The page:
Indian films continue to dominate Chinese box office, from works of Raj Kapoor to Aamir Khan
Following Aamir Khan's meeting with Turkey's First Lady, the RSS mouthpiece Panchjanya accused the actor of forging bonds with 'enemy countries', also referring to his widespread appeal in China.
Aamir Khan's recent meeting with Turkish First Lady Emine Erdogan created considerable political stir in India. Many factions branded it as an anti-national move.
The RSS mouthpiece Panchjanya recently released a detailed article on how Khan's public stance essentially eroded months of efforts by other Bollywood A-listers like Akshay Kumar, Ajay Devgn, John Abraham, and Kangana Ranaut to advocate films on nationalism and promote love for India.
The article further accuses the likes of Aamir of forging bonds with "enemy countries". Even the title of the piece (Dragon ka pyara Khan, roughly translating to The Dragon's beloved Khan) hints at the actor's widespread appeal in China.
Be that as it may, the Indian film industry's pull over the Chinese box office has always been prevalent.
One of the earliest Indian films to earn the big bucks in Chinese domestic markets was Raj Kapoor's 1951 Indian classic Awara. At a time when socialist structures and nation-building was at the helm of art, Kapoor's on-screen heroes and their struggles to survive resonated with the Chinese sentiment.
Nasir Hussain's 1971 drama Caravan, featuring Jeetendra and Asha Parekh in the lead roles also made an indelible mark. Dubbed into Chinese by the Shanghai Film Dubbing Studio in 1980, Caravan's melodious soundtrack (composed by RD Burman) added to the film's appeal.
Contemporary examples include the works of Aamir, Shah Rukh, and Salman Khan. Akshay Kumar's recent spate of nationalistic films such as Toilet: Ek Prem Katha, and Padman have made the actor a bankable name in China.
However, Aamir's reach amidst the Chinese audiences eclipses his colleagues'. Having earned the beloved nickname of Mishu (Uncle) from his Chinese fan-base, Aamir's "break-out" role came with 2001's Lagaan: Once Upon a Time in India. But it took another decade for his work to tap a wider Chinese radar.
Khan's 3 Idiots in 2011 made a total of 14 million yuan at the Chinese box office. As per reports, his next projects like Dhoom 3 (2014) garnered approximately 20 million yuan and PK (2015) another 118 million. But his position as a top-earner was firmly established by the record-breaking earnings of Dangal, which raked in 87 million yuan within its first week, closing at 1.3 billion yuan, making it the highest-grossing Indian movie in China so far.
Dangal's unprecedented success set the ball rolling for other Indian film producers to market their productions in China. Secret Superstar (another of Aamir's films) opened in 2018 earned over 747 million yuan in China ticket sales, accounting for 60 percent of its global box office and crossed the 80 million yuan in ticket sales it raked in, in India.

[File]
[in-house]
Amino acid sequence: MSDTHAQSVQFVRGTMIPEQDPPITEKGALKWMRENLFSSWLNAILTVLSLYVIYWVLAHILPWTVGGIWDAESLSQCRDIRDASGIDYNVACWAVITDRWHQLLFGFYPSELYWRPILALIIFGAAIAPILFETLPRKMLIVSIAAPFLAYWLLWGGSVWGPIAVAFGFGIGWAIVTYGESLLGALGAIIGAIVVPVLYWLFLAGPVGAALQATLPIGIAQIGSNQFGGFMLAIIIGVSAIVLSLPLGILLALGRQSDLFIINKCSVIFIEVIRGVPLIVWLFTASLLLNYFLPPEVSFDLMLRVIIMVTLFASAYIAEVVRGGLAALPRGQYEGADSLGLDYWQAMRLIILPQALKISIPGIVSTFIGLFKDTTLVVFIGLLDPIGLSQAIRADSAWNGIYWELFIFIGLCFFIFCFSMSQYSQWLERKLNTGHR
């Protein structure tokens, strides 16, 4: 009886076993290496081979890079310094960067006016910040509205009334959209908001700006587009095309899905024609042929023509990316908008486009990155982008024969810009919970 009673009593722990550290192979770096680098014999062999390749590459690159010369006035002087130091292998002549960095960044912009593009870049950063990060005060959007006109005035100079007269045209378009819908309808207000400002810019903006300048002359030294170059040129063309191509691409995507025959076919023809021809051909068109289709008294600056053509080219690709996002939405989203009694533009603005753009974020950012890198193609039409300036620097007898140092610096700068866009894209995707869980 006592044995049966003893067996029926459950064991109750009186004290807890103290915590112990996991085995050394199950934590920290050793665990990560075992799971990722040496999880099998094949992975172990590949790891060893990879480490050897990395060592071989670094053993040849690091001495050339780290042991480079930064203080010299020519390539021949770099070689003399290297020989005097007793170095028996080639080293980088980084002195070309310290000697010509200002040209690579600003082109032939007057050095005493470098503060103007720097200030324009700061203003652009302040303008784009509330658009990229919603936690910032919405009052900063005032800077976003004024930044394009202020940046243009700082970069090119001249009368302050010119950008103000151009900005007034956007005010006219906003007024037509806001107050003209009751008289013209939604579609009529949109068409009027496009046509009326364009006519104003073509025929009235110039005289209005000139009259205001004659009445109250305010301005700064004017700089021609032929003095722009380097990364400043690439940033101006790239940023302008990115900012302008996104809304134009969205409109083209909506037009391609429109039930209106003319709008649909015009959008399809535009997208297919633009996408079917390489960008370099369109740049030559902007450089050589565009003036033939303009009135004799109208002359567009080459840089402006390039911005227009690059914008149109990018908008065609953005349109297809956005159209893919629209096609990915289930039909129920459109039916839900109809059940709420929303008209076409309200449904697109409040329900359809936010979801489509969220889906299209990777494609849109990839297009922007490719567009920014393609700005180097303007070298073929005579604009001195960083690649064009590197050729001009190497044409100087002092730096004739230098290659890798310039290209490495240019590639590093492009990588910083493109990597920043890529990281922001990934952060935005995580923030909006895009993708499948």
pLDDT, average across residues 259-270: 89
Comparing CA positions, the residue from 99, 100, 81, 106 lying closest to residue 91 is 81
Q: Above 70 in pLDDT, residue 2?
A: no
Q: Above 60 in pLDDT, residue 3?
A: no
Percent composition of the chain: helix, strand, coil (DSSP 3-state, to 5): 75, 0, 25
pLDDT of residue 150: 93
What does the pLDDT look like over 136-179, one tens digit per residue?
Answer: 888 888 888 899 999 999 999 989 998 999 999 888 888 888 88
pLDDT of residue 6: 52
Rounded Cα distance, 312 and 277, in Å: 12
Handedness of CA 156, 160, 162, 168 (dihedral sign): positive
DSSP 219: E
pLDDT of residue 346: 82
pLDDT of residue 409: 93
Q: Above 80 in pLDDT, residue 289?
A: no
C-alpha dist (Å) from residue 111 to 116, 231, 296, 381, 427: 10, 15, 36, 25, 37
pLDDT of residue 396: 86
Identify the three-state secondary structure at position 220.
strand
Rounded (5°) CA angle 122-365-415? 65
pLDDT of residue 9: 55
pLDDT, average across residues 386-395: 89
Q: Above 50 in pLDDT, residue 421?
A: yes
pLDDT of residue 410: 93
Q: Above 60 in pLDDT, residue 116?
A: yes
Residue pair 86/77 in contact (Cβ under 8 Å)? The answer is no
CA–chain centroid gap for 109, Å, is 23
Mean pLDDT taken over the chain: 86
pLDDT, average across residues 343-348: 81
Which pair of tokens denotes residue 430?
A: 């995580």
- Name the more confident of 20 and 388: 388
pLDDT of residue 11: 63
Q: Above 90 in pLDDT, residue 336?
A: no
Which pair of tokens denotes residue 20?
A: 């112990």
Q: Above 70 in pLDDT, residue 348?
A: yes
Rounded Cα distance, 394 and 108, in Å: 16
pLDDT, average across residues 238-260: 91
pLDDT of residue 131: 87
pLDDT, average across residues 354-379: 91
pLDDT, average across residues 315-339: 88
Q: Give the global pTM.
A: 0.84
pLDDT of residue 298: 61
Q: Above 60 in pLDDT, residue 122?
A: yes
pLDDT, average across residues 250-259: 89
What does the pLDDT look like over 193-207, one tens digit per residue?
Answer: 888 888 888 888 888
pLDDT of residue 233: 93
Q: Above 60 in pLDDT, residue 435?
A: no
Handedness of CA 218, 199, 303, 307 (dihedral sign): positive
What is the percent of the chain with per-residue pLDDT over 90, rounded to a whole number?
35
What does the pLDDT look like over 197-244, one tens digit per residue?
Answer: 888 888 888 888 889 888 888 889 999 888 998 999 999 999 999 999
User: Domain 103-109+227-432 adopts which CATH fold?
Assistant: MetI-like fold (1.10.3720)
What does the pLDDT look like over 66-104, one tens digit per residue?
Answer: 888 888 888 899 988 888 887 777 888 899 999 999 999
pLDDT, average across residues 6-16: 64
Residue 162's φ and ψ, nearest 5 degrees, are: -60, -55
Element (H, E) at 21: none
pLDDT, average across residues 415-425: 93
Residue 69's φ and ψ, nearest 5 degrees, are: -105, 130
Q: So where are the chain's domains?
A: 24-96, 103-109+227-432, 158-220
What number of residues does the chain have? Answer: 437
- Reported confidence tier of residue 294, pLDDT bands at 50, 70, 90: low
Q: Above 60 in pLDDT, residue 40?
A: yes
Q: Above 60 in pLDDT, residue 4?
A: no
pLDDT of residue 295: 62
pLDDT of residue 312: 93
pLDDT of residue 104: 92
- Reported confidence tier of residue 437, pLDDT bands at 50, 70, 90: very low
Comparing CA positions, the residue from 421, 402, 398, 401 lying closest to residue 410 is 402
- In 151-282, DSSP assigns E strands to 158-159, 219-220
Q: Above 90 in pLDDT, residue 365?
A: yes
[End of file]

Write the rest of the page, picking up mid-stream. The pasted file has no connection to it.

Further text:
Irrfan Khan's Hindi Medium and Salman's Bajrangi Bhaijaan, Ayushmann Khurrana's Andhadhun (collected 324 million yuan) followed suit to become top-grossing films, earning 208 million and 283 million yuan, respectively.
Indian filmmaker R Balki (director and writer of Padman) attributes the cultural similarity behind India and China as a possible factor behind the films working so well in the Chinese market. South China Morning Post quotes Balki as saying, “The emotions of Indians and Chinese are similar. They connect with the Indian characters.” He further analyses that both nations have a tendency to focus on their traditional, conservative social norms and consequently love films with a strong social message.
Additionally, this mass appeal for Indian films does not restrict itself to Bollywood. South Indian productions like Baahubali 2 made a whopping 7.7 billion yuan at the Chinese box office. Rajinikanth's Kabali and Enthiran were also released in China. Atlee's 2017 drama Mersal was also dubbed in Mandarin and released a year later.
However, this growing competition from foreign films has made Chinese producers amply cautious to bolster domestic products. With $ 9.74 billion in box office revenue (as of 2018), China is the world's fastest-growing film industry. Since 2019, the domestic film industry has proven a tough contender to its foreign counterparts (mainly the American and Indian) within the Chinese box office.
One such example is Ne Zha, the first domestically-produced animated film to rank high in the earnings chart, bringing in approximately 5 billion yuan in the first six months of its July 2019 opening. Meanwhile the Chinese science fiction blockbuster The Wandering Earth capitalised on the Chinese New Year holiday during February last year, making more than 2 billion yuan in a single week.
(All images from Twitter)
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